2020 has been a rollercoaster year for the Chinese market and economy. Despite turmoil during China’s COVID-19 period, many tech companies applied for IPOs — and remained comparatively unscathed from the devastating outbreak. As digital transformation accelerated, the demand for technology-enabled solutions rose among China’s luxury consumers.
Consequently, big-name Chinese tech IPOs flourished in both hemispheres. According to a CNBC analysis, data by Ernest & Young noted that greater China stock exchanges accounted for 45 percent of global IPOs over the first three quarters of 2020.
But the year was not all win-win. Companies came under fire from US legislation as tensions between the two countries reached a boiling point. Amid several dramatic plot twists, firms like Bytedance and WeChat battled bans and blocks. Yet, it could be argued that Trump’s posturing actually boosted the popularity of Chinese apps in the US.
Moreover, it forced many big conglomerates like Alibaba and JD to pursue listings on the Hong Kong stock market instead. With companies in China continuing to show global promise, Jing Daily highlighted the top tech IPOs for 2020.
In one of the most anticipated IPOs of the year, Chinese FinTech company, Ant Financial Services Group, said that it would list its shares on both the Shanghai stock exchange’s STAR (a Nasdaq-style tech board) and the Hong Kong stock exchange. The owner of the mobile payment network Alipay reportedly looked for a $200 billion valuation, which would have made Ant’s listing one of the biggest IPOs of 2020.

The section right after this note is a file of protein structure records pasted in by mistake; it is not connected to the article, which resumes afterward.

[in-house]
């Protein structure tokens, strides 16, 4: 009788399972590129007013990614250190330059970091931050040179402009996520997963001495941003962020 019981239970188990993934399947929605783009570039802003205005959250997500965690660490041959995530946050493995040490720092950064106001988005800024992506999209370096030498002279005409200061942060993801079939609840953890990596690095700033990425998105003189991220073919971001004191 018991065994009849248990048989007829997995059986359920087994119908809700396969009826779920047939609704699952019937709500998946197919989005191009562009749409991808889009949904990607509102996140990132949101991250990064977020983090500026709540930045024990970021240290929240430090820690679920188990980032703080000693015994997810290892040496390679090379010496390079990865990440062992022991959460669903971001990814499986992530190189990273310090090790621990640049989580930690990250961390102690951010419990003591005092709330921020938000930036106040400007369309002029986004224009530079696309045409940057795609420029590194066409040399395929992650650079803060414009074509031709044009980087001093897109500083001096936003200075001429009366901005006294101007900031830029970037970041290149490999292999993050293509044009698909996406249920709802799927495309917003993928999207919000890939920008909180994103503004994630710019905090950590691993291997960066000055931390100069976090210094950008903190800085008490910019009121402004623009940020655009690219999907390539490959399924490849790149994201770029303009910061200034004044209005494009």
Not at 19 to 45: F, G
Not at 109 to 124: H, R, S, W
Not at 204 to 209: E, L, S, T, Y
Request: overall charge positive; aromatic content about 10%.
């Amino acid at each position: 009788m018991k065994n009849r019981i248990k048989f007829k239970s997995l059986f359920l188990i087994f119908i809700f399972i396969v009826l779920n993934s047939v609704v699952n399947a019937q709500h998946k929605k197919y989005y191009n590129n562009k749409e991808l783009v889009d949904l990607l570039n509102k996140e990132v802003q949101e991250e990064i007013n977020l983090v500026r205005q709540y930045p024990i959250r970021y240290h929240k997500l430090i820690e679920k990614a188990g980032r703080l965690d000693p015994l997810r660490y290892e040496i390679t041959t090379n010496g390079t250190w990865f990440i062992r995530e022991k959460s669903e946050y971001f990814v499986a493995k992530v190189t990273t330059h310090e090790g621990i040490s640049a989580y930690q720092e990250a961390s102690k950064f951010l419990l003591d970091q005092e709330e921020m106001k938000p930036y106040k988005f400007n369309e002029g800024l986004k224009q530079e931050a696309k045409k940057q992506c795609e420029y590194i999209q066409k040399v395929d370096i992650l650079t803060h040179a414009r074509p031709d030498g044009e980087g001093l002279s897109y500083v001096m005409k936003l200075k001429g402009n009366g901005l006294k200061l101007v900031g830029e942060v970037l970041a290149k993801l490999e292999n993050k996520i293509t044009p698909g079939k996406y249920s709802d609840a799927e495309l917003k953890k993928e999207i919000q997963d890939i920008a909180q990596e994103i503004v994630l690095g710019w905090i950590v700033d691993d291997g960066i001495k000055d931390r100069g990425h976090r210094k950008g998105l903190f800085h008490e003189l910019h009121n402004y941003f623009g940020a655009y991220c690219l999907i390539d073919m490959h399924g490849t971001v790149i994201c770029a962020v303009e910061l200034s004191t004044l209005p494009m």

However, in a shocking twist, Ant Group’s IPO was blocked by the government, sparking much discussion over the nature of the conglomerate. Despite this, the company sent a strong message that it wanted to give Asia’s investors a chance to own stakes in one of China’s biggest technology champions. There’s also the possibility that by staking a larger global footprint, the Ant Group will, in time, become a key competitor to other global merchant services. No one is better at playing the long game than China’s big tech.
JD Health, the healthcare subsidiary of the Chinese e-commerce group JD.com, raised$3.5 billion in an IPO in Hong Kong, which was Hong Kong’s largest IPO in 2020. Its stock price rose by as much as 53 percent on the first day of trading.
China’s second-largest e-commerce giant has shown its ability to continuously innovate. While several multinational corporations have seen their profits and sales cut during the pandemic, JD.com has transformed COVID-19 into a business opportunity while safeguarding the health and safety of its employees and customers in the process.
In November, Kuaishou formally submitted the IPO prospectus to the Hong Kong Stock Exchange. Reports have anticipated that Kuaishou would become the “first short video stock.” Yet, Kuaishou is now facing an increasingly crowded landscape in the short video and livestreaming space. In addition to established contenders like Douyin and Xigua, newcomers like Weibo have started testing short video platforms internally, and Tencent’s livestreaming platform is also on the horizon.
But with such a precise niche that no others can quite claim yet, Kuaishou presents itself as a strong option from luxury brands to connect with China’s massive and lucrative audience.
Also, in November, Bytedance was rumored to be bundling its three major video platforms – Douyin, Toutiao, and Watermelon Video – to launch an IPO in Hong Kong. According to insiders, ByteDance is in discussions with investors, including Sequoia, which would increase this round of financing to a valuation of 180 billion dollars.
In 2020, Douyin and TikTok swelled in popularity as they have kept users entertained and scrolling during COVID-related lockdowns. According to SensorTower, they are now the top-grossing apps worldwide. But just as consumers have guaranteed the apps’ successes, Douyin and TikTok have naturally come to shape the tastes and habits of their audiences.